Two digital health companies focused on sleep published data this week that highlighted the efficacy of their respective platforms, bringing continued attention to the space after a CES week where sleep was a major focus. A whitepaper by Pricewaterhouse Cooper showed that ResMed’s myAir improved CPAP adherence while a paper in the Journal of Clinical Sleep Medicine found that EarlySense’s new consumer system EarlySense Live performed comparably to polysomnography.
ResMed’s myAir is an app that launched last year allowing CPAP users to track their treatment via an app and giving them access to their daily sleep patterns and coaching tips. The new whitepaper looked at data from over 23,000 patients in Germany and the United Kingdom, 1,800 of whom used myAir.
The study found that myAir patients use their device an average 46 minutes longer per night compared to other patients. Additionally, the average adherence to CPAP treatment for new patients in their first week of treatment was 76 percent for myAir patients, compared to 71 percent for other patients.
"We know that around half of patients are not compliant with their CPAP treatment; this is a major concern for sleep treatment professionals,” David Jones, Sleep Manager at University Hospital of South Manchester in the UK, told PwC. “The effects of poor treatment adherence are profound, not only because of the impact on patients' quality of life, but also in terms of an increased number of accidents and emergency visits, hospitalizations and the resulting financial burden that this places on healthcare systems. These latest findings confirm that enabling patients to track and improve their CPAP device usage is an important step towards long-term compliance and better patient outcomes.”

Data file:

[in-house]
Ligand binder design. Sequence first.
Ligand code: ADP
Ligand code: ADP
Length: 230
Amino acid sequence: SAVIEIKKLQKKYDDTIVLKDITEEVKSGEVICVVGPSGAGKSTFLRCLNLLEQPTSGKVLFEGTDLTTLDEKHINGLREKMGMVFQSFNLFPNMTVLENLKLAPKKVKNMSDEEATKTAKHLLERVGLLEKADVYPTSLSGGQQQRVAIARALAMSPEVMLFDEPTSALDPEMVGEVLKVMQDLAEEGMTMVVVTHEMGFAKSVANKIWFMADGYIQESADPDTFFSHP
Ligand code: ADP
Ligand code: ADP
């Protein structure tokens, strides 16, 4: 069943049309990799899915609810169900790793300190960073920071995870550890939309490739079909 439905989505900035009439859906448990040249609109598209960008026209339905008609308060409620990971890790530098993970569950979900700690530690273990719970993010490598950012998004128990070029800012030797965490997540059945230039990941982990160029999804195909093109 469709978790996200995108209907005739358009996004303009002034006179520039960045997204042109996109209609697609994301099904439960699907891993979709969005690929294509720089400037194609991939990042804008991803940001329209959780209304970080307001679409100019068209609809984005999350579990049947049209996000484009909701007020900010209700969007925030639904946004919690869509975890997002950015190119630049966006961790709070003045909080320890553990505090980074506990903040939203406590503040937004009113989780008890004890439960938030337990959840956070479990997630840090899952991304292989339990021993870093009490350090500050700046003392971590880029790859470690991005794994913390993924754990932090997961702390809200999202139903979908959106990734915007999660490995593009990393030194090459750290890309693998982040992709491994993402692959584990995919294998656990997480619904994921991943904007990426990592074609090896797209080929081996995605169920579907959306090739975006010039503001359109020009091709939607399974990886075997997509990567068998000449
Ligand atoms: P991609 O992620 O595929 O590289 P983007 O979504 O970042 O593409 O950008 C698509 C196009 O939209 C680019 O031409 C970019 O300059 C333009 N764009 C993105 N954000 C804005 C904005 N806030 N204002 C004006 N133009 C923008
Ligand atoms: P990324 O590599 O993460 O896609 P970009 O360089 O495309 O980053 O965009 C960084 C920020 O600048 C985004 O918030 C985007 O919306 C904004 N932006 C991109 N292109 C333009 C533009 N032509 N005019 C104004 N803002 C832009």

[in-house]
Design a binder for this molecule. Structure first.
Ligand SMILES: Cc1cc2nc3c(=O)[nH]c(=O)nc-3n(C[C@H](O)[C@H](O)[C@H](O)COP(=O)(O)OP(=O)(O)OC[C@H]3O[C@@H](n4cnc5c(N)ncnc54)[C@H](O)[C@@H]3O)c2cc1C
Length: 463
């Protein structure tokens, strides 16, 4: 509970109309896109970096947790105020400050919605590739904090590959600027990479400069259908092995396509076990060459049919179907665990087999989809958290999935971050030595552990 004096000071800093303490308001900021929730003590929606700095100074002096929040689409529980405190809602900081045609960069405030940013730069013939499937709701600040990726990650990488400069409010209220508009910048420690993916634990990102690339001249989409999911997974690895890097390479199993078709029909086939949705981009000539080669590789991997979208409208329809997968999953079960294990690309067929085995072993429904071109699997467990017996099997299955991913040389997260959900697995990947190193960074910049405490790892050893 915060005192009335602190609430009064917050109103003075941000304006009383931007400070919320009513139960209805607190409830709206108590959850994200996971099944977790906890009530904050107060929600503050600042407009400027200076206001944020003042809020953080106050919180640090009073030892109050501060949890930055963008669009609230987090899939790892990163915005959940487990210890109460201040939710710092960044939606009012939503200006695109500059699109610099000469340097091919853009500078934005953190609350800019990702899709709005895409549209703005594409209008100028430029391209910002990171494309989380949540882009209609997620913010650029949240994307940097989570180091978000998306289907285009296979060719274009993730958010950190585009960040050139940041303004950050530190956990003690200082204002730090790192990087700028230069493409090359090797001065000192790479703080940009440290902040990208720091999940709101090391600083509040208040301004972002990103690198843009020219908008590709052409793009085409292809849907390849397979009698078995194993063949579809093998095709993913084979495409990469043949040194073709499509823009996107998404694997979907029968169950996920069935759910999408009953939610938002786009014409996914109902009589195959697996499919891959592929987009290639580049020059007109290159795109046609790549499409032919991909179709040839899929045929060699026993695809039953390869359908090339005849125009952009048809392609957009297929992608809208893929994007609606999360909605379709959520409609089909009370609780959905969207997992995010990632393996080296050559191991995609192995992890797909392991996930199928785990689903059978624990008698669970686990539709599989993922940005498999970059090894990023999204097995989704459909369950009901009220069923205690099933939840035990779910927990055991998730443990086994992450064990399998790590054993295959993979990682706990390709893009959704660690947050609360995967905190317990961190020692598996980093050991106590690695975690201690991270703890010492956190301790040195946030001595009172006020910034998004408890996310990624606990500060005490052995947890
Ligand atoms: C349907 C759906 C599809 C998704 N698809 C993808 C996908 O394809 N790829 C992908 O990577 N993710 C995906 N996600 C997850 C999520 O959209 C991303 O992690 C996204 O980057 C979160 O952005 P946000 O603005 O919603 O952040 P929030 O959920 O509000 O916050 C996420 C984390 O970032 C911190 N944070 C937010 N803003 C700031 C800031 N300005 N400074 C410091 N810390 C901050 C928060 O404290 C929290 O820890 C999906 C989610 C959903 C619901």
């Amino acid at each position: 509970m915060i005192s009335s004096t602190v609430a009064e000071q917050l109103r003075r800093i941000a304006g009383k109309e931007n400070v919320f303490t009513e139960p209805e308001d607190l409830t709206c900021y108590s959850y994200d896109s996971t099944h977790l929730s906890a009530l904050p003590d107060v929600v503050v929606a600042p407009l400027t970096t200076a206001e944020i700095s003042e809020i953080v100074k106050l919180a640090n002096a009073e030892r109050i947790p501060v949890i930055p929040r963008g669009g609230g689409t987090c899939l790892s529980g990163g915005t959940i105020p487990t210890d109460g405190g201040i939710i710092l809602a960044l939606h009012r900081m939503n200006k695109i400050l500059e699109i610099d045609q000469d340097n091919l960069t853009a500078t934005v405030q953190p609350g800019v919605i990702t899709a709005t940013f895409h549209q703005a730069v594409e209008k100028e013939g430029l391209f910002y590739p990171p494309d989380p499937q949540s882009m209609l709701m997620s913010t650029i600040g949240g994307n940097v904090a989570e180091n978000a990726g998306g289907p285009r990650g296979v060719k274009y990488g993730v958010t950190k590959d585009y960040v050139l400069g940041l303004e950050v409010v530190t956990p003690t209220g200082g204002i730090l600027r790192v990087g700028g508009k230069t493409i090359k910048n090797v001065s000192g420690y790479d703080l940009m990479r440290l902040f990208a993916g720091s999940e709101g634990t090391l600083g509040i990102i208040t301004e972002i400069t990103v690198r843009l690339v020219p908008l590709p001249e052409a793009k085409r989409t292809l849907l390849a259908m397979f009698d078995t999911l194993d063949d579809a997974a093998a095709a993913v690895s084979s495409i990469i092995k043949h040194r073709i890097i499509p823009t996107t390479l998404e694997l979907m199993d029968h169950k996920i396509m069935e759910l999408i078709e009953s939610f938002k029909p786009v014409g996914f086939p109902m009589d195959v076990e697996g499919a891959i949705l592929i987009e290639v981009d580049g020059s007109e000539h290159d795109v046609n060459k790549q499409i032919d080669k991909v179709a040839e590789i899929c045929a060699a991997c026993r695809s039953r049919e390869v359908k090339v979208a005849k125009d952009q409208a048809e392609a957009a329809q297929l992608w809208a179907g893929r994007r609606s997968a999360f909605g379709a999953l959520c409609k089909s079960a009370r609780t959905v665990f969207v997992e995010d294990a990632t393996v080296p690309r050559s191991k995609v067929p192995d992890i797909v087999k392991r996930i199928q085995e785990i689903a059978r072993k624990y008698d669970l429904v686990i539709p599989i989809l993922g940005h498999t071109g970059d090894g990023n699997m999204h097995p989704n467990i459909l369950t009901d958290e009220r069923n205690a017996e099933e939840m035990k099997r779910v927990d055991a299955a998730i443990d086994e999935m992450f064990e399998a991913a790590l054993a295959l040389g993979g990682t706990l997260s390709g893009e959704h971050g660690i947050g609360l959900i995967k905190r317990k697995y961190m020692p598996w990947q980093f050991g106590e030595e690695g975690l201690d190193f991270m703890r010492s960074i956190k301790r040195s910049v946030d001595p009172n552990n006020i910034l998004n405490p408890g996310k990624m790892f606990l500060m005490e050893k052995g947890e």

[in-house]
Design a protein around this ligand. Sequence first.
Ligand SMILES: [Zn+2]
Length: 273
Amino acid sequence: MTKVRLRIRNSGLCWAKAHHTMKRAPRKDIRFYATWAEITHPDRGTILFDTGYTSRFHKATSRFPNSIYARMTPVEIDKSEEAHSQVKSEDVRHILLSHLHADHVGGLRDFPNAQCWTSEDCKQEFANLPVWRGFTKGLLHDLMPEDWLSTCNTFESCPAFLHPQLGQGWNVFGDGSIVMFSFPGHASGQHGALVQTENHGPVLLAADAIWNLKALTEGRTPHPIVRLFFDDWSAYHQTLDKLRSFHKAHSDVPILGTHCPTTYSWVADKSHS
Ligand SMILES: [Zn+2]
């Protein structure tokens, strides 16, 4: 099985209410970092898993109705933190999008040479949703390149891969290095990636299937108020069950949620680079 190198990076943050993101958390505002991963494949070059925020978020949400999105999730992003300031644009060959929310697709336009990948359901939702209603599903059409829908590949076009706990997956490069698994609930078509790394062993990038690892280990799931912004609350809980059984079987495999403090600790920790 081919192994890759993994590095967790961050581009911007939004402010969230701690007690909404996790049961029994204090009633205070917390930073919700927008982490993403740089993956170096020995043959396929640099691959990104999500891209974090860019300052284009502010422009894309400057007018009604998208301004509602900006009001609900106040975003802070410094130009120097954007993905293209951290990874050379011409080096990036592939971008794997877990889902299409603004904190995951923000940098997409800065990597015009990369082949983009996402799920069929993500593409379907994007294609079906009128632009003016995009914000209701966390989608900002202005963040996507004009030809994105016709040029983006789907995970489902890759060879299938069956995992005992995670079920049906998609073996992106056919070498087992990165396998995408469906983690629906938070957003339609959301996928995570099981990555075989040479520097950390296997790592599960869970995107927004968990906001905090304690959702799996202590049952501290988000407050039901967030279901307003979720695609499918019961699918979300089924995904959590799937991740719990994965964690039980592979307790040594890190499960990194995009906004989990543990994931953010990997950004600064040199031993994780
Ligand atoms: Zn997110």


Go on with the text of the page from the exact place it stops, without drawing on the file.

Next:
The EarlySense paper included just 63 subjects, but measured them simultaneously with EarlySense’s contact-free sensor, which fits under a user’s mattress, and polysomnography, the gold standard of sleep studies which requires hooking up a number of electrodes and sensors to the patient’s skin.
The study found 92.5 percent agreement between EarlySense Live and polysomnography.
"The results of this study confirm that the tested sensor is highly accurate in detecting sleep and wake states relative to polysomnography," Asher Tal, founder of the Pediatric Pulmonary Unit and Sleep Center at Soroka Medical Center in Israel, said in a statement. "Even under the most challenging conditions, with the subject sharing his or her bed with a partner, the sensor was able to accurately detect individual vital signs and sleep cycles in a non-invasive manner. This technology is well suited for continuous observation of patients in their natural environment.”